Migrants make up an important part of London’s night economy. No previous research has focused on both nightwork and migrants in London. This series of reports brings to light some of the major problems with nightwork and the precarious lives of migrant night workers.
Where do they come from? Why do they work at night? And how does night work impact their social and family lives? This research makes two important points:
1 – Nightwork should be regarded as important as daywork and regluated as such.
2 – Migrant night workers are particularly vulnerable because of the nature of the work and their economic situation.
Please click on the links below for an in-depth look at Migrant Night Workers in London.
In order for London to have a 24 hour society, many people must staff our restaurants, hotels, shops, shipping, and factories that run around-the-clock. The mini cab and bus drivers, market traders, night staff in hospitals or cafes, city traders, firemen, and night cleaners work long nights in London and can be seen on every street corner and in every building. London’s night workers are by and large migrants who are willing to take up unsociable hours, low paid jobs, and sometimes dangerous working conditions because of sometime desperate situations. [Read More…]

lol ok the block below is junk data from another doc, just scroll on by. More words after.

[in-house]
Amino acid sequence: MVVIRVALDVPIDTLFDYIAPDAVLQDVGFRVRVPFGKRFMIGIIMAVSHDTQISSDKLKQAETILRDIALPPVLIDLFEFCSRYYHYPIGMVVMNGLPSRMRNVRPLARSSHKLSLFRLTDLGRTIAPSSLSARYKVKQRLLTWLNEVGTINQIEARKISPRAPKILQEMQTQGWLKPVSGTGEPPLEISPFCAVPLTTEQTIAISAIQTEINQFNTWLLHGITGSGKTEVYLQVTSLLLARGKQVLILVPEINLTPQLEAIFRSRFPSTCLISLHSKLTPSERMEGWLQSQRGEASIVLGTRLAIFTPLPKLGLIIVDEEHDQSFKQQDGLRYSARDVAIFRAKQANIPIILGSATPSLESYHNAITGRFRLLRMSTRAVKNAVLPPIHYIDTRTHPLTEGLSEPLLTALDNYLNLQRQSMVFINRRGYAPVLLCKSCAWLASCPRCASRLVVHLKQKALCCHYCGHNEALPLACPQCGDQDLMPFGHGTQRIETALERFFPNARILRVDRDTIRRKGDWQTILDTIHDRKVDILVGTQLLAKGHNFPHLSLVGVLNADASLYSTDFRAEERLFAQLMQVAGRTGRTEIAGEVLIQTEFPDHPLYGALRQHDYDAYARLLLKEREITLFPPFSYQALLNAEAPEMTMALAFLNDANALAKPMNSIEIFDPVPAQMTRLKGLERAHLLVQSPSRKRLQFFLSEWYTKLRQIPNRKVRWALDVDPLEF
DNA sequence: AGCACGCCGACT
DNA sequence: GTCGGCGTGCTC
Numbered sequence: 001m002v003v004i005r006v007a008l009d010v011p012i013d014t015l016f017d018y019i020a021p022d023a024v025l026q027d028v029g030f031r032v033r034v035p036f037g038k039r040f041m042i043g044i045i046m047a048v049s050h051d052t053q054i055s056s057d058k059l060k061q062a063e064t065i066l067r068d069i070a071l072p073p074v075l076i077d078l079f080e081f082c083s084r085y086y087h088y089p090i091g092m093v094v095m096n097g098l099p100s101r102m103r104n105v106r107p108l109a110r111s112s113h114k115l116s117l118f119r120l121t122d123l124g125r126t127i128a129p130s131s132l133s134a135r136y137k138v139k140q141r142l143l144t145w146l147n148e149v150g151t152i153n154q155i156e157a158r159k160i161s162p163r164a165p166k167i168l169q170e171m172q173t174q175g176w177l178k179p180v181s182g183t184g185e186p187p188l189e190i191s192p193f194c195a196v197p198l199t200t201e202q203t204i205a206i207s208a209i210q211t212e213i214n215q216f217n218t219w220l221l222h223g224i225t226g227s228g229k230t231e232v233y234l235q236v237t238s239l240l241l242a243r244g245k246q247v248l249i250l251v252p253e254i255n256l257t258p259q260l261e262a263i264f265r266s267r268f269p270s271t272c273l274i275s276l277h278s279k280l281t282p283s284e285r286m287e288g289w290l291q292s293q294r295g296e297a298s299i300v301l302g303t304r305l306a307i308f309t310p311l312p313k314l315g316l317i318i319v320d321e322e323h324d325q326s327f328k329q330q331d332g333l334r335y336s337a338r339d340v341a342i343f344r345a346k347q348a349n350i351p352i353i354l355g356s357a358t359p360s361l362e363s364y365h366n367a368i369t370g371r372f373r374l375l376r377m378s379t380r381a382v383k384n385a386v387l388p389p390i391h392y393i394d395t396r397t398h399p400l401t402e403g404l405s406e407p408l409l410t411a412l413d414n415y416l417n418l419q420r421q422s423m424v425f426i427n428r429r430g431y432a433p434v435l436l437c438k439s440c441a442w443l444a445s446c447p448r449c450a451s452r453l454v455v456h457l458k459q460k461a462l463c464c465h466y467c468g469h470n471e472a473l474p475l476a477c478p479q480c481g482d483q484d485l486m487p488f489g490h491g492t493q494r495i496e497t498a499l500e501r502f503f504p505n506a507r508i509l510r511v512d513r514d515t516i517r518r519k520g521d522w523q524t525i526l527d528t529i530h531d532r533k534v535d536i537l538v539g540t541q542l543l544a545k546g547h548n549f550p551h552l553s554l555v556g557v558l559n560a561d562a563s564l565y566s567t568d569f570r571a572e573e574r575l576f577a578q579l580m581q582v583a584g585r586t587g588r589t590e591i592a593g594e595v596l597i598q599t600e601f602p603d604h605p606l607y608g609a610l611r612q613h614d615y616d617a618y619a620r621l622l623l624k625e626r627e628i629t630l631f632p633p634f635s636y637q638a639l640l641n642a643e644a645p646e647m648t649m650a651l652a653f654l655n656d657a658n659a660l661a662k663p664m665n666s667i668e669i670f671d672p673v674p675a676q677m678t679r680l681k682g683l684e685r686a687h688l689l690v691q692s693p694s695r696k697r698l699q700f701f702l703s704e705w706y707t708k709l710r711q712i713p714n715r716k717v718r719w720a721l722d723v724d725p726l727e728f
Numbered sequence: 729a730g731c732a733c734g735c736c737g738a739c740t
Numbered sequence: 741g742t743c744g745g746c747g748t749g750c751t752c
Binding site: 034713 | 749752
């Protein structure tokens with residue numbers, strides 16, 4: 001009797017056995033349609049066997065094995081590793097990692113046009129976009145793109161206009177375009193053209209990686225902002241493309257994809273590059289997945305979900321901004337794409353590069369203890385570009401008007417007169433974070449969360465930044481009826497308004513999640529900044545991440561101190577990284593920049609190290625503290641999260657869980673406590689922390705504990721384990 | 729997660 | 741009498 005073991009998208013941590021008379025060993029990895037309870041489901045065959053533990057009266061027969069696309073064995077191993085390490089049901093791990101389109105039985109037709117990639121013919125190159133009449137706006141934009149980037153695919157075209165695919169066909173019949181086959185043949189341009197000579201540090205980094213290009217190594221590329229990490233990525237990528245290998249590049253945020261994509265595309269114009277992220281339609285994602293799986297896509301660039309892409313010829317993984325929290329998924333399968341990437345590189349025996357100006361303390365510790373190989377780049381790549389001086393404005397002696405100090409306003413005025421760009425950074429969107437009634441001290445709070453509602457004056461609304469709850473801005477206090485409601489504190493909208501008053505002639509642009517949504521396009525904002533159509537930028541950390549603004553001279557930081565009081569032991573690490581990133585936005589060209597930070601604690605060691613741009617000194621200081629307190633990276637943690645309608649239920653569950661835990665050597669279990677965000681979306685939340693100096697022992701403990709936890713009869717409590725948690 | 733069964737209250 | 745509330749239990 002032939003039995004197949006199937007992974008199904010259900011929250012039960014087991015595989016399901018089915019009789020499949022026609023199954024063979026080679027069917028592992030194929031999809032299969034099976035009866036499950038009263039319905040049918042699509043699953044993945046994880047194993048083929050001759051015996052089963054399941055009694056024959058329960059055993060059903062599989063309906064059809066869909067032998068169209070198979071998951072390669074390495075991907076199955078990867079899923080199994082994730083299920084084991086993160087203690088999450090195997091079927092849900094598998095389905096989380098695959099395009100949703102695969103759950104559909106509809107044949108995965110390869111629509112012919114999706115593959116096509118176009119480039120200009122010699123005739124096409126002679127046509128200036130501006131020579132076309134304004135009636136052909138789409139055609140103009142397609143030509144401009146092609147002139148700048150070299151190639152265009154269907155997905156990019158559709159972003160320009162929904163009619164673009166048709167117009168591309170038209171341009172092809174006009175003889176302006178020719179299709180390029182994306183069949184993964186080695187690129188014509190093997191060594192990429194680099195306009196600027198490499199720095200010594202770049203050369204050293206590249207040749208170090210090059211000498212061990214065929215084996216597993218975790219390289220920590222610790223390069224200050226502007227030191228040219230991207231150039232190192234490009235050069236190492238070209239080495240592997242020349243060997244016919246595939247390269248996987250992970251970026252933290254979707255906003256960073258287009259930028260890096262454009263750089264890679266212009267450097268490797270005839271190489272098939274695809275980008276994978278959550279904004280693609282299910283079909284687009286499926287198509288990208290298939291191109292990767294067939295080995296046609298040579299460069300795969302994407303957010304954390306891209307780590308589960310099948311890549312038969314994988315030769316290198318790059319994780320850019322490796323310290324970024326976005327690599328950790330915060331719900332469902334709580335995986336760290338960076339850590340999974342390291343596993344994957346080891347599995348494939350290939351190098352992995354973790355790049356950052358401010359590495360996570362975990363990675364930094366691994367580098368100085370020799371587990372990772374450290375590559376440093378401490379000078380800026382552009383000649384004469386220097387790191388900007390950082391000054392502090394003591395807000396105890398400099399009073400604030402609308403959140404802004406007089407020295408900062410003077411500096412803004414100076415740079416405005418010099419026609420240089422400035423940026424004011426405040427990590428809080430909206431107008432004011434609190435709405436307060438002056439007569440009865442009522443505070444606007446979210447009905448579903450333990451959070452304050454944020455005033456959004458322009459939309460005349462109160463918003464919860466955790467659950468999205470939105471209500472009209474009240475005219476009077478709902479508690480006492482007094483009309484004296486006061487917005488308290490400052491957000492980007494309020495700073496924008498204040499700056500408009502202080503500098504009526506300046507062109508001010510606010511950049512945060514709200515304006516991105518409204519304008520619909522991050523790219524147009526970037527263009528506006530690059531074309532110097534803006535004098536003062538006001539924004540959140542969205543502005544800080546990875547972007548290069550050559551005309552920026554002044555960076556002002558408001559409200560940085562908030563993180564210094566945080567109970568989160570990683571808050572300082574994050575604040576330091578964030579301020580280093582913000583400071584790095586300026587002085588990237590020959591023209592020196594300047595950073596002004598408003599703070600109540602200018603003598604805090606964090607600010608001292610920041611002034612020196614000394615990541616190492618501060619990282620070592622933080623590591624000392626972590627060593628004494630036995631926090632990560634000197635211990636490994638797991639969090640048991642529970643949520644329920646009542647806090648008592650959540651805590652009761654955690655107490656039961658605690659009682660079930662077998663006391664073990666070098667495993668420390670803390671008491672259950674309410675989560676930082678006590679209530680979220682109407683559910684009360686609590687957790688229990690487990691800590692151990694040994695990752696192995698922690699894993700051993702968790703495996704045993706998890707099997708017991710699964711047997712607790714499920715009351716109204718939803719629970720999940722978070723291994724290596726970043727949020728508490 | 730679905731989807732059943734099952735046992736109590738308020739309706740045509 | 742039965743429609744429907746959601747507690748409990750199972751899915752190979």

Zaheer (a Pakistani market trader), Faruk (a Bangladeshi rickshaw driver) and Zheng (a Chinese chef) are night workers in London. Their life stories combine an amazing set of migration trajectories, motivations for moving to the UK, and their aspirations for a brighter future in Britain. Despite discrimination, working in dangerous conditions and on poverty pay, their journeys of resilience and determination bring out why every human is searching for a better life. [Read More…]
London’s migrant night workforce face several key problems including: forced labour, health problems, debt bondage, poverty pay rates and risk to personal safety whilst on nightshift. We discuss how each effects migrants and how employers across the UK are taking advantage of night workers as a vulnerable demographic. [Read More…]
London’s migrants working nightshifts are not a demographic to be ignored. Yet, these workers are invisible and their problems are not being seriously addressed by policy makers. We identified the following areas to improve the lives of migrants: increase poverty pay to living wage, enforce existing legislation to limit nightshifts to eight hours, organise night workers to mobilise and defend their rights and livelihoods, and regulate certain sectors of nightwork to protect the workers. [Read More…]